This is the most evocative stretch of the future Garda ring, just inaugurated, which from the town of Limone reaches the border with Trentino alongside the old Western Gardesana Road: with the particularity that, where the road enters the tunnel, the cycle/pedestrian path clings to the rock protruding on the waters of the lake.
You can reach Limone through the lake, on the old wheeled boat built in 1908, where it seems to be in a novel by Agatha Christie. If you take it from Riva del Garda, you will skirt the stretch of the Gardesana that was affected by the project discussed in these pages.
And from the lake you have a first approach with the “footbridge”, a thin line that cuts through the gray cliff in the stretches where it falls sheer to the water, while it is concealed by the trace of the old state road where the one remains “hooked” to the wall of this one.
Tufts of Mediterranean vegetation appear at times when the rock recedes slightly, and the footbridge touches them or crosses them lightly.
Then the landscape is monopolized by the remains of the great lemon houses, and, approaching the pier of Limone, by the hotels climbing on the side, which sometimes simulate, in a grotesque way, the construction rhythms of those.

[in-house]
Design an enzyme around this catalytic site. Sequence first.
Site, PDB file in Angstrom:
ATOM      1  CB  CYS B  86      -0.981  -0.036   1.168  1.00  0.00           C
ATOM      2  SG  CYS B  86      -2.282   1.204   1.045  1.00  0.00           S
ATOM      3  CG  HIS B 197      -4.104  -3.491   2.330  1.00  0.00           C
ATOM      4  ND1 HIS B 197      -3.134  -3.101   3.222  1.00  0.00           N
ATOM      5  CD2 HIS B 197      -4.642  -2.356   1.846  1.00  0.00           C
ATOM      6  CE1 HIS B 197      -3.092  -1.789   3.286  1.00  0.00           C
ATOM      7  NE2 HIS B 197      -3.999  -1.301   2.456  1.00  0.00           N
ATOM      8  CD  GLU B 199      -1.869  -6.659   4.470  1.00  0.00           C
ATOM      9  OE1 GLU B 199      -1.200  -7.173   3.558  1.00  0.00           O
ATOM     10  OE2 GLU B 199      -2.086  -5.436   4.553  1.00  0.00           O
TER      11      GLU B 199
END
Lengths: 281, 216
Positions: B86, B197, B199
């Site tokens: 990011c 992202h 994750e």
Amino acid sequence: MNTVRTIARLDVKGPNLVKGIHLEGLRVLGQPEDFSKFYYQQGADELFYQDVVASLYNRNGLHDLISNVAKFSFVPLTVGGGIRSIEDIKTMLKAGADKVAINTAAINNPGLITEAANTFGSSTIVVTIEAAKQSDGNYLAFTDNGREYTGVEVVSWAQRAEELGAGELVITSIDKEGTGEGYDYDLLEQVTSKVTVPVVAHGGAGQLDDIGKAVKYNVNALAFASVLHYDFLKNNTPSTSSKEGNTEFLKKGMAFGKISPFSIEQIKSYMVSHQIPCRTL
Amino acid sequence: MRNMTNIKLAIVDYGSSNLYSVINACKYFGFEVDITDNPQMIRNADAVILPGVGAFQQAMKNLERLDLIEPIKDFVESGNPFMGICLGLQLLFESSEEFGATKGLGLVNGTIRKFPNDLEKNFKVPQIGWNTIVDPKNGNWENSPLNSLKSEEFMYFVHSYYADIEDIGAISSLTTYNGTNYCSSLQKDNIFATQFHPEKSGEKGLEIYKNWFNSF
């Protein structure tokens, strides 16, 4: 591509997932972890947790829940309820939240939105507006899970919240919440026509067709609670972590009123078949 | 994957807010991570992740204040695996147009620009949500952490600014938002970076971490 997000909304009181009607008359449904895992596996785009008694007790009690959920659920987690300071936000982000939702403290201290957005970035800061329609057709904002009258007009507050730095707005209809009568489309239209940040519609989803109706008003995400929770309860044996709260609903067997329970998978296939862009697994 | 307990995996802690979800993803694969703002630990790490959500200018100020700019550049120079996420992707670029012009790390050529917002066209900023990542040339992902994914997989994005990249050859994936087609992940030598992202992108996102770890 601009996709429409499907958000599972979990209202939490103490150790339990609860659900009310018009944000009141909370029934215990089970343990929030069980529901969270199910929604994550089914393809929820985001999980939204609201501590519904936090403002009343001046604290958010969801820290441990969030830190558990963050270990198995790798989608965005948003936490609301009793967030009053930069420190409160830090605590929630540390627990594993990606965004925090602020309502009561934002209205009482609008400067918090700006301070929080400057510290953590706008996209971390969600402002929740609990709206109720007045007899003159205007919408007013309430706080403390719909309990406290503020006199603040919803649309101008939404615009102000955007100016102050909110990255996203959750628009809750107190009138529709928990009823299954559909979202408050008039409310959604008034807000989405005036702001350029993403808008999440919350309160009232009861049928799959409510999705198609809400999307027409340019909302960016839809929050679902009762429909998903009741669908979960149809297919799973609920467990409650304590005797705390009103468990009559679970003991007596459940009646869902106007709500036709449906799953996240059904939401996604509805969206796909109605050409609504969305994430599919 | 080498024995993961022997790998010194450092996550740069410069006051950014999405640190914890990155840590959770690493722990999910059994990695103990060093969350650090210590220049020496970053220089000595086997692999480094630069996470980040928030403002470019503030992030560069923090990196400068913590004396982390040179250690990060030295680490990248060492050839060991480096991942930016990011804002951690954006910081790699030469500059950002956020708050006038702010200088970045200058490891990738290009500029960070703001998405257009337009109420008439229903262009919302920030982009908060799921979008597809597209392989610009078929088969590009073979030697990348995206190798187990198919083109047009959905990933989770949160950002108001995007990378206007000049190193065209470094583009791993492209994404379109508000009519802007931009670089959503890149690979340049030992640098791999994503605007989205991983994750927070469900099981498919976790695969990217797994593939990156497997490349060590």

To reach, from the centre of Limone, the most engineering (and spectacular) part of the Garda cycle/pedestrian track, a taxi service is offered that allows you to effortlessly overcome the difference in height of about 40 metres from the level of the lake. But it is a solution for “voyeuristic” tourism attracted by the campaign that was activated on the occasion of the inauguration of the work, which took place last July.
Instead, it is more appropriate than ever to take the Via Nova and walk (or bike) the two kilometers uphill that go up the slope through the old walls of the lemon houses, with sudden views of the lake, a path that is worth the trip even before arriving at the footbridge.
And finally here are the two new kilometers, which offer a truly new experience, since along the old state road, which is next to us, you could certainly not stop to look at the view. And where the asphalt road enters the tunnel, it was decided – instead of widening the tunnel in the rock – to hook on to the rock itself, bypassing the obstacle.
In these pages, the technical description is entrusted to the designers.
Here we can only be caught between the fascination of the experience offered to us (suspended on the side of the rock, with the lake below us and the sky above) and the fear of having in some way, albeit with the utmost caution, affected the integrity of an ancient landscape.
Albano Marcarini, with his experience as an urban planner, landscape architect and above all as a low speed traveller, realizes this in another space between these pages.
We are pleased to report the story of an engineering experience, which is still part of an overall project – that of slow mobility around Lake Garda – which fully enters the category of interventions aimed at promoting sport as good practice for all, a constant trace in the spirit of our magazine.